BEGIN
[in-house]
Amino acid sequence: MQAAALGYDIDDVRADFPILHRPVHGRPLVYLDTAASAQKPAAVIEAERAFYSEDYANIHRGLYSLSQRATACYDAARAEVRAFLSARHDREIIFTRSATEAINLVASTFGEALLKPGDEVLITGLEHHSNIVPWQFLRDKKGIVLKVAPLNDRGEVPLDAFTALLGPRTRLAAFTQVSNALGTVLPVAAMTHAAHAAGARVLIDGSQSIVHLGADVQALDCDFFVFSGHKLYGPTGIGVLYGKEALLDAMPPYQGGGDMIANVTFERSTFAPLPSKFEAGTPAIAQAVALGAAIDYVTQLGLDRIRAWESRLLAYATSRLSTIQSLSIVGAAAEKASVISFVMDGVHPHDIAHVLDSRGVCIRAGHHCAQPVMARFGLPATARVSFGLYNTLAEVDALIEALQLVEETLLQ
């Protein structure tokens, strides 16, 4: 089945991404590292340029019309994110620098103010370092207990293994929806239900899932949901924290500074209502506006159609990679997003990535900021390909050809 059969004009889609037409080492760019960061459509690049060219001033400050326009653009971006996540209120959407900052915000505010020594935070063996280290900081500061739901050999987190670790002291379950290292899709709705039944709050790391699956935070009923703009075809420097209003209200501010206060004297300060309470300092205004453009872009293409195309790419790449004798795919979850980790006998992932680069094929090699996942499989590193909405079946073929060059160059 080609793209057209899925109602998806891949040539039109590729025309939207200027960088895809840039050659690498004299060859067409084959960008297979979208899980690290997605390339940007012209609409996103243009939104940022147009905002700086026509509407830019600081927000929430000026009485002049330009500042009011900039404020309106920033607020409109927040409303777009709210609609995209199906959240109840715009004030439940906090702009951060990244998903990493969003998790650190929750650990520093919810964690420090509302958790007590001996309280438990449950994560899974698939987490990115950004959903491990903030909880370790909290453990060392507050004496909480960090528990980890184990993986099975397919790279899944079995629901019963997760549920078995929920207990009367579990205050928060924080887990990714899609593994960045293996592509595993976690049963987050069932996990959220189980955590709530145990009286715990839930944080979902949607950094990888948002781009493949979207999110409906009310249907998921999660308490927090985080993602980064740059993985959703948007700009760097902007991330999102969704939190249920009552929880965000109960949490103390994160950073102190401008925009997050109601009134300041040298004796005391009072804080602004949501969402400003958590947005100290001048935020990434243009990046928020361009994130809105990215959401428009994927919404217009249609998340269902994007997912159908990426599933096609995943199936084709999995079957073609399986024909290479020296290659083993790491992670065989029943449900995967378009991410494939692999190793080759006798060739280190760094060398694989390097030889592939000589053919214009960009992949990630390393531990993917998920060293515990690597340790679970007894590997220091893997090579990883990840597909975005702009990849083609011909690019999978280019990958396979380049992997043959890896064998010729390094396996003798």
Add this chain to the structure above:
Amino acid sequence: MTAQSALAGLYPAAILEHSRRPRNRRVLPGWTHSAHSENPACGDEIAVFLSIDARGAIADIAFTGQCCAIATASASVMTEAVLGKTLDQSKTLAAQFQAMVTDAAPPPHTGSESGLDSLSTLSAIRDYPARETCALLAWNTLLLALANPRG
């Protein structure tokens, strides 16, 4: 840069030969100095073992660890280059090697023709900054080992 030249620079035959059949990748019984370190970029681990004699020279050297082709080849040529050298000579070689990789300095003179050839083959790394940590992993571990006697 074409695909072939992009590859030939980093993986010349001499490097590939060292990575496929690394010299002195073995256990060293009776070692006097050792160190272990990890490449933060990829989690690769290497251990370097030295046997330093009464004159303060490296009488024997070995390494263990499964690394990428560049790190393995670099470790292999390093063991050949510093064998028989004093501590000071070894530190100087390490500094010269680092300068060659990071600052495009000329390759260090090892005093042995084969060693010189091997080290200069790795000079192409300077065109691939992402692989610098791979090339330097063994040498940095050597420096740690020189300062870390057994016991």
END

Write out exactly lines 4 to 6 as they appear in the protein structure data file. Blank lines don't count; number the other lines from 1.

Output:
Add this chain to the structure above:
Amino acid sequence: MTAQSALAGLYPAAILEHSRRPRNRRVLPGWTHSAHSENPACGDEIAVFLSIDARGAIADIAFTGQCCAIATASASVMTEAVLGKTLDQSKTLAAQFQAMVTDAAPPPHTGSESGLDSLSTLSAIRDYPARETCALLAWNTLLLALANPRG
């Protein structure tokens, strides 16, 4: 840069030969100095073992660890280059090697023709900054080992 030249620079035959059949990748019984370190970029681990004699020279050297082709080849040529050298000579070689990789300095003179050839083959790394940590992993571990006697 074409695909072939992009590859030939980093993986010349001499490097590939060292990575496929690394010299002195073995256990060293009776070692006097050792160190272990990890490449933060990829989690690769290497251990370097030295046997330093009464004159303060490296009488024997070995390494263990499964690394990428560049790190393995670099470790292999390093063991050949510093064998028989004093501590000071070894530190100087390490500094010269680092300068060659990071600052495009000329390759260090090892005093042995084969060693010189091997080290200069790795000079192409300077065109691939992402692989610098791979090339330097063994040498940095050597420096740690020189300062870390057994016991």